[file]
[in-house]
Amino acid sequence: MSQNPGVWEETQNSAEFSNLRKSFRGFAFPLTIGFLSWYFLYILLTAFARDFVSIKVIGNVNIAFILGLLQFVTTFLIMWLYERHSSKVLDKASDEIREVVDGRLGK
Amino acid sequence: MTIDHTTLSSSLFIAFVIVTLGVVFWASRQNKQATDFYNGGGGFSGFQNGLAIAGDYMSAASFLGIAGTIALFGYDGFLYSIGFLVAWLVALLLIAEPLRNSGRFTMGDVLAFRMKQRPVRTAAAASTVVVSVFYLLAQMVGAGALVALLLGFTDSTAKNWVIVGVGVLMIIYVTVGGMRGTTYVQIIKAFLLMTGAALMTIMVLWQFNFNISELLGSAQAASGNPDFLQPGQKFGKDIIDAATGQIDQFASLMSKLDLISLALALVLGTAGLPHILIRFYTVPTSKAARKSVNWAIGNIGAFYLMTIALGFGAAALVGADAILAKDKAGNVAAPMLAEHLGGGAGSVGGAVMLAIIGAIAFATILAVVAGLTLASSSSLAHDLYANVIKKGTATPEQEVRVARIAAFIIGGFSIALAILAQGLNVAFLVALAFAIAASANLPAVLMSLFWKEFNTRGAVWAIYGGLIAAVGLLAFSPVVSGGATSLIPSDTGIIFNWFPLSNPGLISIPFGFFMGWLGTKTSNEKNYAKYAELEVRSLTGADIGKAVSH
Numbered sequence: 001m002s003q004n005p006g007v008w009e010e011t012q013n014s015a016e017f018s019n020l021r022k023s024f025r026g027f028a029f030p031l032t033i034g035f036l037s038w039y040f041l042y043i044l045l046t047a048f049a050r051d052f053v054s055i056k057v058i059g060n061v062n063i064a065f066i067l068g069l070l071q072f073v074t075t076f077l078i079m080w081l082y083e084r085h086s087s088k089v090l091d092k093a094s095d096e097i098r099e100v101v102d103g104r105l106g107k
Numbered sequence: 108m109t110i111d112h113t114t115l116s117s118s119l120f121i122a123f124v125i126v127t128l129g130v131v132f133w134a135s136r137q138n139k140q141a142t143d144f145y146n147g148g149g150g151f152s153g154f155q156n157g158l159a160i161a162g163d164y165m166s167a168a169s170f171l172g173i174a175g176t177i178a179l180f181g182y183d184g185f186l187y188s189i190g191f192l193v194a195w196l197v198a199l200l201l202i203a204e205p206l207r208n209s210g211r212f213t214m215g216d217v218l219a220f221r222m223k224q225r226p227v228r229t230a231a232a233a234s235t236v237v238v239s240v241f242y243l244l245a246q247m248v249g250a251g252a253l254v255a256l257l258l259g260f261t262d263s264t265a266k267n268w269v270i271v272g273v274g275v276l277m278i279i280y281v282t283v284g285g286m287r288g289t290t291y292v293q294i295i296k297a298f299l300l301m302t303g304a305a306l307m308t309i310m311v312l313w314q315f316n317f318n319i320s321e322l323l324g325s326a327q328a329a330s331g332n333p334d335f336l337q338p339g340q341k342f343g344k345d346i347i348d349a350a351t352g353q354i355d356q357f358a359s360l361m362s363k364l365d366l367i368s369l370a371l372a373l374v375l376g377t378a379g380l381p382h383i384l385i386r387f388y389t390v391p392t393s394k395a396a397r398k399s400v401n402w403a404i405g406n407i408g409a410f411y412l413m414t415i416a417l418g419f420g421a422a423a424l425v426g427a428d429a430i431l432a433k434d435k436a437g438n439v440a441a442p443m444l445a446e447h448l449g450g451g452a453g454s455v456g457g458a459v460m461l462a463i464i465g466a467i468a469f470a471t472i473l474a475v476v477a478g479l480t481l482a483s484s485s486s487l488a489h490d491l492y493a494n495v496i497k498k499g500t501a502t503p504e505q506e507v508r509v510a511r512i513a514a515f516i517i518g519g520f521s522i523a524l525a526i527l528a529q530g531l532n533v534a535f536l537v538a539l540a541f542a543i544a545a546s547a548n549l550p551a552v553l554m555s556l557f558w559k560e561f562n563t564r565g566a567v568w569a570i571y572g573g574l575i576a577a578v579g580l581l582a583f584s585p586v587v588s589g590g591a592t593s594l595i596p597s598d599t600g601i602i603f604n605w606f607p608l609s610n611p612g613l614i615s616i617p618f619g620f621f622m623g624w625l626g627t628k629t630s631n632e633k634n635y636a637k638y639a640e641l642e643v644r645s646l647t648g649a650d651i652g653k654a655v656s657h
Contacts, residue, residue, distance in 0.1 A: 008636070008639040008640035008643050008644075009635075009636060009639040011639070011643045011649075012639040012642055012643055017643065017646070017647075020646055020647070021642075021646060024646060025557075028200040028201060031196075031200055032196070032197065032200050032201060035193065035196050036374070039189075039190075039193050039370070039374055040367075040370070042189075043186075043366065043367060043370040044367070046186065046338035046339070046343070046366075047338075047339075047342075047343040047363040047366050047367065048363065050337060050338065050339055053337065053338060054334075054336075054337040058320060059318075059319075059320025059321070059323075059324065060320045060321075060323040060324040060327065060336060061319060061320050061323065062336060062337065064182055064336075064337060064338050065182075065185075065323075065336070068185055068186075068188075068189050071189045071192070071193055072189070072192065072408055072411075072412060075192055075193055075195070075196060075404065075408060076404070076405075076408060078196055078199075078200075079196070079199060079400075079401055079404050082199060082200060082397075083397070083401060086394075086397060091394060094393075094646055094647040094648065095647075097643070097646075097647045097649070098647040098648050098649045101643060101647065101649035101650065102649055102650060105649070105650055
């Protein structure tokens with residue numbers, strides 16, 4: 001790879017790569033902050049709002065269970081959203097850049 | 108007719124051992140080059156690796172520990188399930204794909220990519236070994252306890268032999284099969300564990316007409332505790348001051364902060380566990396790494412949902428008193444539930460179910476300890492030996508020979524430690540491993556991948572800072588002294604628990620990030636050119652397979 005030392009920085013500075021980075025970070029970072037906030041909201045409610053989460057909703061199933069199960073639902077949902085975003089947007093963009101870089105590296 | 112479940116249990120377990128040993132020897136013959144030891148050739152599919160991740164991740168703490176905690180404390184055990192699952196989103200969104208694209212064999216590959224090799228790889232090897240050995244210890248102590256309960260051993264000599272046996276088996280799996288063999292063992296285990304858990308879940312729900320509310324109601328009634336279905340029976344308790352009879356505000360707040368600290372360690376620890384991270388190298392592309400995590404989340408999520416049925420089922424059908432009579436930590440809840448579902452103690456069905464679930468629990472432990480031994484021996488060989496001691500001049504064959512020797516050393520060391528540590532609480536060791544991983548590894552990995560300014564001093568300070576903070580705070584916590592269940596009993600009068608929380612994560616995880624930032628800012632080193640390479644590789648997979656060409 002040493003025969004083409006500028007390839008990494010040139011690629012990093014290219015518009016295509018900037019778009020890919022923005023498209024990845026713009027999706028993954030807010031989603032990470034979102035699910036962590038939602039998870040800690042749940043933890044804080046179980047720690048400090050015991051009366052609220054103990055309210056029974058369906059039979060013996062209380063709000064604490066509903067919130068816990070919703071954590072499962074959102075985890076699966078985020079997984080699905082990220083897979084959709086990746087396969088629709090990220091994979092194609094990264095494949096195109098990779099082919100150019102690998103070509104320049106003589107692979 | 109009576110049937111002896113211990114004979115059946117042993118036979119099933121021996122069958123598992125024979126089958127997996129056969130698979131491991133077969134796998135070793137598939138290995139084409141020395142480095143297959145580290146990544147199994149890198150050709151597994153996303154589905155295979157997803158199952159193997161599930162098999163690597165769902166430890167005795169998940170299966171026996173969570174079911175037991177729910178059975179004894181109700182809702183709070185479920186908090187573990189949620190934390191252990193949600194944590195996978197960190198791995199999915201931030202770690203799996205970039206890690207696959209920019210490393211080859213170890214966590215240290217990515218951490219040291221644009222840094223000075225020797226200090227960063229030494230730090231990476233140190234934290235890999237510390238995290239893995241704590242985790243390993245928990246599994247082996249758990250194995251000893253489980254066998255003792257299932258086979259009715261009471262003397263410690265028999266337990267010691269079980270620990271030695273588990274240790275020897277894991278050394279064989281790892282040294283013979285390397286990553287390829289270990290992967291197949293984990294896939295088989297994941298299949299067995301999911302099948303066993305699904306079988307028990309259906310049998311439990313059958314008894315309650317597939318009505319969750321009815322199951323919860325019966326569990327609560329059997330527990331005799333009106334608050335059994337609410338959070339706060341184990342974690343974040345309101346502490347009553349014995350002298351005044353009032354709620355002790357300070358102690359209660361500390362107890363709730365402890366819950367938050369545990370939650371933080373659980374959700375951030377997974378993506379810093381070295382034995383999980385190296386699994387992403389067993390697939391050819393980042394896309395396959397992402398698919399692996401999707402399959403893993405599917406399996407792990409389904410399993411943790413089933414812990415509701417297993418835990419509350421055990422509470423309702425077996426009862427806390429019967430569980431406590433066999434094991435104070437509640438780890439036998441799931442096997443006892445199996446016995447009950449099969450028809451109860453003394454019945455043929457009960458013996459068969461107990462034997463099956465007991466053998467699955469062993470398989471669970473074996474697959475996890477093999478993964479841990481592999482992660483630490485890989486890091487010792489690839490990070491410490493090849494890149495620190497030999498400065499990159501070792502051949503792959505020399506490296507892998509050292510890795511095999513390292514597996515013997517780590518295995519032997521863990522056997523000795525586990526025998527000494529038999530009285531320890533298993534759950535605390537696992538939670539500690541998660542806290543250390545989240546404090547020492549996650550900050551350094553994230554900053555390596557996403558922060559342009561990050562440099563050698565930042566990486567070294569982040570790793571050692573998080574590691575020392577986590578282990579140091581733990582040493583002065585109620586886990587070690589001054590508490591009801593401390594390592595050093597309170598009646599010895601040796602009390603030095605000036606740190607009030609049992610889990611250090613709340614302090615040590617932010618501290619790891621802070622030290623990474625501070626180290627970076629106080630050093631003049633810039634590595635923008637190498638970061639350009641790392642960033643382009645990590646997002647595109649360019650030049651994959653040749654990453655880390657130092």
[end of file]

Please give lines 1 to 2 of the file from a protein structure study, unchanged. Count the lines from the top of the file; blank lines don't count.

[in-house]
Amino acid sequence: MSQNPGVWEETQNSAEFSNLRKSFRGFAFPLTIGFLSWYFLYILLTAFARDFVSIKVIGNVNIAFILGLLQFVTTFLIMWLYERHSSKVLDKASDEIREVVDGRLGK